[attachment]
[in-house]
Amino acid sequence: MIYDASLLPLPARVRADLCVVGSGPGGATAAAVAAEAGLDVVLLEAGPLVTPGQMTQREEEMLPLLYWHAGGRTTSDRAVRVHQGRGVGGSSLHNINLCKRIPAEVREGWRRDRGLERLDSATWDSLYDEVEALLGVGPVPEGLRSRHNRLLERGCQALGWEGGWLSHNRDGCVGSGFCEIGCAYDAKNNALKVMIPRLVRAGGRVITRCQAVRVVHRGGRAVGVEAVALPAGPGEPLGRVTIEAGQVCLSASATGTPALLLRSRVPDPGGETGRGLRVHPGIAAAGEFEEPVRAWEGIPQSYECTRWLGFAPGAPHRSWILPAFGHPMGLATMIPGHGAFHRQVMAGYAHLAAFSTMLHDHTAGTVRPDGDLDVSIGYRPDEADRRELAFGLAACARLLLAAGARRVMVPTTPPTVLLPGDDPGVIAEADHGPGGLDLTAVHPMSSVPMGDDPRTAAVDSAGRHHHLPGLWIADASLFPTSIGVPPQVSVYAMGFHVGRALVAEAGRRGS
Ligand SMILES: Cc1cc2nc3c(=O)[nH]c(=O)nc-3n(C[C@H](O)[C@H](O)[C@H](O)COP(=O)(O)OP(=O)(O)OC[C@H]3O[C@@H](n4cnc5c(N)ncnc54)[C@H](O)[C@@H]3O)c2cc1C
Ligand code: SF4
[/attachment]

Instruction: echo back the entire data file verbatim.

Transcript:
[in-house]
Amino acid sequence: MIYDASLLPLPARVRADLCVVGSGPGGATAAAVAAEAGLDVVLLEAGPLVTPGQMTQREEEMLPLLYWHAGGRTTSDRAVRVHQGRGVGGSSLHNINLCKRIPAEVREGWRRDRGLERLDSATWDSLYDEVEALLGVGPVPEGLRSRHNRLLERGCQALGWEGGWLSHNRDGCVGSGFCEIGCAYDAKNNALKVMIPRLVRAGGRVITRCQAVRVVHRGGRAVGVEAVALPAGPGEPLGRVTIEAGQVCLSASATGTPALLLRSRVPDPGGETGRGLRVHPGIAAAGEFEEPVRAWEGIPQSYECTRWLGFAPGAPHRSWILPAFGHPMGLATMIPGHGAFHRQVMAGYAHLAAFSTMLHDHTAGTVRPDGDLDVSIGYRPDEADRRELAFGLAACARLLLAAGARRVMVPTTPPTVLLPGDDPGVIAEADHGPGGLDLTAVHPMSSVPMGDDPRTAAVDSAGRHHHLPGLWIADASLFPTSIGVPPQVSVYAMGFHVGRALVAEAGRRGS
Ligand SMILES: Cc1cc2nc3c(=O)[nH]c(=O)nc-3n(C[C@H](O)[C@H](O)[C@H](O)COP(=O)(O)OP(=O)(O)OC[C@H]3O[C@@H](n4cnc5c(N)ncnc54)[C@H](O)[C@@H]3O)c2cc1C
Ligand code: SF4